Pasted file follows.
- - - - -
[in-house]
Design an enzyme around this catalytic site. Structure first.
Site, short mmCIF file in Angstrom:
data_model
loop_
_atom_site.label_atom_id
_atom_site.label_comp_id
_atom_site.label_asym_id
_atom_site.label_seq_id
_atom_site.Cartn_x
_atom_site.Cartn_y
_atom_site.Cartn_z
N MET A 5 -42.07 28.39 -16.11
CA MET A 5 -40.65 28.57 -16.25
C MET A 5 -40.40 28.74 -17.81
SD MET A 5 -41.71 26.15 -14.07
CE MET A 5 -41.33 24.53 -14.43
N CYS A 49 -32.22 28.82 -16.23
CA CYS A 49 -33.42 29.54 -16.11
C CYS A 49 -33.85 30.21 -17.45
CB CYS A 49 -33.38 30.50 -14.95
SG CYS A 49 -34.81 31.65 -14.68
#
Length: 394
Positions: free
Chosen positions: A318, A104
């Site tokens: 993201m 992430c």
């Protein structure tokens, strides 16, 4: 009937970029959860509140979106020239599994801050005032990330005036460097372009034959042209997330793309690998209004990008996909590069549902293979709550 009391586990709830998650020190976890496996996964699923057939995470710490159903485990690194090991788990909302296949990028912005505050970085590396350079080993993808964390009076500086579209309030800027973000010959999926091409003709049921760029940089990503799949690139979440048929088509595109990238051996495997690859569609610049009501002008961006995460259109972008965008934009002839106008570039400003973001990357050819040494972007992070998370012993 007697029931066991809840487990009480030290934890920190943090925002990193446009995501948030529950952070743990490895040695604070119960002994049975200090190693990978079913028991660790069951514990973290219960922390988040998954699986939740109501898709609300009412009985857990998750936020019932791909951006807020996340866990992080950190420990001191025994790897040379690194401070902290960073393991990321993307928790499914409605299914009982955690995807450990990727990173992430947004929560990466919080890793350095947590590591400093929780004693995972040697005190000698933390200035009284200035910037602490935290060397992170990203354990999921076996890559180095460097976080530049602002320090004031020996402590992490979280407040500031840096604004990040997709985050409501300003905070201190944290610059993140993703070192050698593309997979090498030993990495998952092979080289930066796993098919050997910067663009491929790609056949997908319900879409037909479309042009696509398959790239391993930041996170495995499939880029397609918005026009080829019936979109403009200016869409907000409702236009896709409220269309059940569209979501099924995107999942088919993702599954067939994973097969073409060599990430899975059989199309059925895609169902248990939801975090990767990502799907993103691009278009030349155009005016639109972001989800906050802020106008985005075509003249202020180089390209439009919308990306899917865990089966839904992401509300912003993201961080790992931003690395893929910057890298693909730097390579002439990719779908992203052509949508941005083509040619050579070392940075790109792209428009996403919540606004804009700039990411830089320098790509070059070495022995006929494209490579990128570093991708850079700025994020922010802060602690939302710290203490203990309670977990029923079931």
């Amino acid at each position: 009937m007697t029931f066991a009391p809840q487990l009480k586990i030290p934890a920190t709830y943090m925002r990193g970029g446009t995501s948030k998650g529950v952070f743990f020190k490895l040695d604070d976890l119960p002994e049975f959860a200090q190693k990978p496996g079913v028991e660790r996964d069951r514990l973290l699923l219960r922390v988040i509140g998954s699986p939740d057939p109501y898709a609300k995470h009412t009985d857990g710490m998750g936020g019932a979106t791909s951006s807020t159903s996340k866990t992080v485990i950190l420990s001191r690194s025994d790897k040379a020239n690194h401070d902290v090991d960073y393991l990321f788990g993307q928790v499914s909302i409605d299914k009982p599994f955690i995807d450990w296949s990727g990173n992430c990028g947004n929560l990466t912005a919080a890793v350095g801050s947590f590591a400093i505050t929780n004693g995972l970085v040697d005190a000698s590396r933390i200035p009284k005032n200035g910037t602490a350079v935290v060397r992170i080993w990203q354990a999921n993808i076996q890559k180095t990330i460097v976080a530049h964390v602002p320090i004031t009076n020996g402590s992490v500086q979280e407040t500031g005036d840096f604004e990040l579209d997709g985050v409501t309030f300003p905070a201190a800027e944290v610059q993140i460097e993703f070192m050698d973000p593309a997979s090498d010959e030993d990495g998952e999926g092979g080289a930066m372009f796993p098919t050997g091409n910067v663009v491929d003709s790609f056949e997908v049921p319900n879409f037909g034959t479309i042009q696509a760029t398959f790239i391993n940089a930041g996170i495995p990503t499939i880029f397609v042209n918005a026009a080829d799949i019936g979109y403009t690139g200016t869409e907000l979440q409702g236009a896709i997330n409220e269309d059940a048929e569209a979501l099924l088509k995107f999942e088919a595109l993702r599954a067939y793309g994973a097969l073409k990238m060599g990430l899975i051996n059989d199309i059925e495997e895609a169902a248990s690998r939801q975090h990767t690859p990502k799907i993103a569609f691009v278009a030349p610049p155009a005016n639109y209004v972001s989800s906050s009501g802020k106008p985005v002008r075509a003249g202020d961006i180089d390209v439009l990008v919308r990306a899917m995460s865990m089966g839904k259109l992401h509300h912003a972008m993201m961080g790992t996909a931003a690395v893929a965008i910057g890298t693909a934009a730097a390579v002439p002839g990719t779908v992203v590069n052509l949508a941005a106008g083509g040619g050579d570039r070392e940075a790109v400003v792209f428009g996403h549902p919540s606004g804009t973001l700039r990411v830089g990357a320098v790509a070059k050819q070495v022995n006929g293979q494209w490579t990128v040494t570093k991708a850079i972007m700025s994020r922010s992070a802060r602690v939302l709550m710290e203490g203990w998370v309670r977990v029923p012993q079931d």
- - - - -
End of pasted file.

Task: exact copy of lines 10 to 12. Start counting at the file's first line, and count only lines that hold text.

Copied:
_atom_site.Cartn_x
_atom_site.Cartn_y
_atom_site.Cartn_z